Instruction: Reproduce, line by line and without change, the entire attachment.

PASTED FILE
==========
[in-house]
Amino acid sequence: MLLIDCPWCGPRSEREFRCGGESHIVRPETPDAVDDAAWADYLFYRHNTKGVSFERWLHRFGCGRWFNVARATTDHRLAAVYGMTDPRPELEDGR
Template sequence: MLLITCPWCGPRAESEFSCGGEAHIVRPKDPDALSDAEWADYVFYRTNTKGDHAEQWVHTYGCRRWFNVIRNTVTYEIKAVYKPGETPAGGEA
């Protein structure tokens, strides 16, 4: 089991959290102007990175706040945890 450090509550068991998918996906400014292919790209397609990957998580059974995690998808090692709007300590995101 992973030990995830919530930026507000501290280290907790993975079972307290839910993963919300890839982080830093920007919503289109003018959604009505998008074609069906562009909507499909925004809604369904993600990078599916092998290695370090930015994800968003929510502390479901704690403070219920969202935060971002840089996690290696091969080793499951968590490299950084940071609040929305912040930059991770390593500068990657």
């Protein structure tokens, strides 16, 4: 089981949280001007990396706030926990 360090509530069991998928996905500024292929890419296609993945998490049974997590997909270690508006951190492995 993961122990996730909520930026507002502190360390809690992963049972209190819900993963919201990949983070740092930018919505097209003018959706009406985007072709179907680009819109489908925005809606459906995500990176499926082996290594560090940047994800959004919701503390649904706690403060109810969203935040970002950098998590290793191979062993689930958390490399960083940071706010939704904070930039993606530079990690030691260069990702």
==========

[in-house]
Amino acid sequence: MLLIDCPWCGPRSEREFRCGGESHIVRPETPDAVDDAAWADYLFYRHNTKGVSFERWLHRFGCGRWFNVARATTDHRLAAVYGMTDPRPELEDGR
Template sequence: MLLITCPWCGPRAESEFSCGGEAHIVRPKDPDALSDAEWADYVFYRTNTKGDHAEQWVHTYGCRRWFNVIRNTVTYEIKAVYKPGETPAGGEA
């Protein structure tokens, strides 16, 4: 089991959290102007990175706040945890 450090509550068991998918996906400014292919790209397609990957998580059974995690998808090692709007300590995101 992973030990995830919530930026507000501290280290907790993975079972307290839910993963919300890839982080830093920007919503289109003018959604009505998008074609069906562009909507499909925004809604369904993600990078599916092998290695370090930015994800968003929510502390479901704690403070219920969202935060971002840089996690290696091969080793499951968590490299950084940071609040929305912040930059991770390593500068990657």
């Protein structure tokens, strides 16, 4: 089981949280001007990396706030926990 360090509530069991998928996905500024292929890419296609993945998490049974997590997909270690508006951190492995 993961122990996730909520930026507002502190360390809690992963049972209190819900993963919201990949983070740092930018919505097209003018959706009406985007072709179907680009819109489908925005809606459906995500990176499926082996290594560090940047994800959004919701503390649904706690403060109810969203935040970002950098998590290793191979062993689930958390490399960083940071706010939704904070930039993606530079990690030691260069990702």